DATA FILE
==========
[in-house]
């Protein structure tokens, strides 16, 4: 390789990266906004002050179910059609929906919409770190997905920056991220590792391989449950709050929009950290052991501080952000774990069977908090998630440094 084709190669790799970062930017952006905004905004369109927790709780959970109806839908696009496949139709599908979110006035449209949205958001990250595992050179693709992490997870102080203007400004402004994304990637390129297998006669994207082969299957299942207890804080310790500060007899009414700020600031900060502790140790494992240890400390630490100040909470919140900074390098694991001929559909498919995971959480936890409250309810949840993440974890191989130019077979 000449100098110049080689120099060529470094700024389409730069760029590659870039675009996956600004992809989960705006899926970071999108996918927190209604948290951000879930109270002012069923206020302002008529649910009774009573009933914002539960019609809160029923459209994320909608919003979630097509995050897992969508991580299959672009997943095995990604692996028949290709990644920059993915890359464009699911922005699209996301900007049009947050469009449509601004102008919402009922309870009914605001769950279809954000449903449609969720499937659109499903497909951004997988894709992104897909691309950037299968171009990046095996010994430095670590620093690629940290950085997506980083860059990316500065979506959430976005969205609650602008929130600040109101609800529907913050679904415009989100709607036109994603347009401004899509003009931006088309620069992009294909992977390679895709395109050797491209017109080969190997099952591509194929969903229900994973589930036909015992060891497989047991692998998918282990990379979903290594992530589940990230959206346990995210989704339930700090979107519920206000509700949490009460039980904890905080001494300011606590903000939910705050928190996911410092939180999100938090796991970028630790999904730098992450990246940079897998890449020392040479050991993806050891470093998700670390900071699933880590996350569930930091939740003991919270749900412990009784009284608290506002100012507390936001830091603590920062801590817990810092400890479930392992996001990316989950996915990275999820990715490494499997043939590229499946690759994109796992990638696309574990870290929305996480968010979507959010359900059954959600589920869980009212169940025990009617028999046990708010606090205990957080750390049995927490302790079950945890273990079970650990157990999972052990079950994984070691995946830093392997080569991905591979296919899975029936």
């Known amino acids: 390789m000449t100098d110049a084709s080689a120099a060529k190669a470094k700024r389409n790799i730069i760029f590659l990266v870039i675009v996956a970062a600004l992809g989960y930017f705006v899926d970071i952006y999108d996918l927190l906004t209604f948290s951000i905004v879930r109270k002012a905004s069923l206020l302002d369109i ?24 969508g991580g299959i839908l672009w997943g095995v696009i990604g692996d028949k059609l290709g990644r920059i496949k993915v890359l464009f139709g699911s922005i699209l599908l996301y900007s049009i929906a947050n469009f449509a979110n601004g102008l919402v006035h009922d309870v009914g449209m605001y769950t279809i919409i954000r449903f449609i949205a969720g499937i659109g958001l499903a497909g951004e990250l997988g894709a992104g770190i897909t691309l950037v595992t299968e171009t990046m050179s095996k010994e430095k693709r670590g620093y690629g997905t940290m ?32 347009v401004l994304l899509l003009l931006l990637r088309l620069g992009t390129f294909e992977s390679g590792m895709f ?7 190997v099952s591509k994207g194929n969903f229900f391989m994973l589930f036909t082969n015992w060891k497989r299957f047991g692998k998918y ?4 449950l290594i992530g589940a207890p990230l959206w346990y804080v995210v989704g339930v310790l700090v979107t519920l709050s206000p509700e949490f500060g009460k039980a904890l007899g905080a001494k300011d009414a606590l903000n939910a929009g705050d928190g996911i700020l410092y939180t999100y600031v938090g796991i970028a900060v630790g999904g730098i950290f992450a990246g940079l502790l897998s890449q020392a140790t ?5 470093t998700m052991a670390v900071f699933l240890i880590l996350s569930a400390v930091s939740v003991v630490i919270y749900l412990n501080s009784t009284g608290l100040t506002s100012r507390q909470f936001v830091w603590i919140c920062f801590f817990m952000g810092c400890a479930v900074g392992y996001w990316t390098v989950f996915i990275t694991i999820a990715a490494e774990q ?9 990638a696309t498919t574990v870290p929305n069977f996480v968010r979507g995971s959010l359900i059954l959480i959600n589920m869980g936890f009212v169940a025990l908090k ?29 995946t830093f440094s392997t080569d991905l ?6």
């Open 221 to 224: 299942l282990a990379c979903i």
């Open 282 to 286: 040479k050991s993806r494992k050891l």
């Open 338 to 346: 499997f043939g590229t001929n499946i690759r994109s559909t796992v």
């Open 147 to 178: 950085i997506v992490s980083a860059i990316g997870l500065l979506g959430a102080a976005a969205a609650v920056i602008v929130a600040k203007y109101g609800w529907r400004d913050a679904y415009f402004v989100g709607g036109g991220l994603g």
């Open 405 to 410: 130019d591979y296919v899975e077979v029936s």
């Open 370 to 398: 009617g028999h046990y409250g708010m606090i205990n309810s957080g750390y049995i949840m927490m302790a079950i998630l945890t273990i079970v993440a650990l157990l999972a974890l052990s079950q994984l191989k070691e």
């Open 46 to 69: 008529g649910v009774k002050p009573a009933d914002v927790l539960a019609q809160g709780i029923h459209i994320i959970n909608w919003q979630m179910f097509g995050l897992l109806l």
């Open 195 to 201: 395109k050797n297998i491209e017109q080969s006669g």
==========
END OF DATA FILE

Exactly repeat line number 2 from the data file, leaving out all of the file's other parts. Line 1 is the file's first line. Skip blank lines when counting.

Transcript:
């Protein structure tokens, strides 16, 4: 390789990266906004002050179910059609929906919409770190997905920056991220590792391989449950709050929009950290052991501080952000774990069977908090998630440094 084709190669790799970062930017952006905004905004369109927790709780959970109806839908696009496949139709599908979110006035449209949205958001990250595992050179693709992490997870102080203007400004402004994304990637390129297998006669994207082969299957299942207890804080310790500060007899009414700020600031900060502790140790494992240890400390630490100040909470919140900074390098694991001929559909498919995971959480936890409250309810949840993440974890191989130019077979 000449100098110049080689120099060529470094700024389409730069760029590659870039675009996956600004992809989960705006899926970071999108996918927190209604948290951000879930109270002012069923206020302002008529649910009774009573009933914002539960019609809160029923459209994320909608919003979630097509995050897992969508991580299959672009997943095995990604692996028949290709990644920059993915890359464009699911922005699209996301900007049009947050469009449509601004102008919402009922309870009914605001769950279809954000449903449609969720499937659109499903497909951004997988894709992104897909691309950037299968171009990046095996010994430095670590620093690629940290950085997506980083860059990316500065979506959430976005969205609650602008929130600040109101609800529907913050679904415009989100709607036109994603347009401004899509003009931006088309620069992009294909992977390679895709395109050797491209017109080969190997099952591509194929969903229900994973589930036909015992060891497989047991692998998918282990990379979903290594992530589940990230959206346990995210989704339930700090979107519920206000509700949490009460039980904890905080001494300011606590903000939910705050928190996911410092939180999100938090796991970028630790999904730098992450990246940079897998890449020392040479050991993806050891470093998700670390900071699933880590996350569930930091939740003991919270749900412990009784009284608290506002100012507390936001830091603590920062801590817990810092400890479930392992996001990316989950996915990275999820990715490494499997043939590229499946690759994109796992990638696309574990870290929305996480968010979507959010359900059954959600589920869980009212169940025990009617028999046990708010606090205990957080750390049995927490302790079950945890273990079970650990157990999972052990079950994984070691995946830093392997080569991905591979296919899975029936």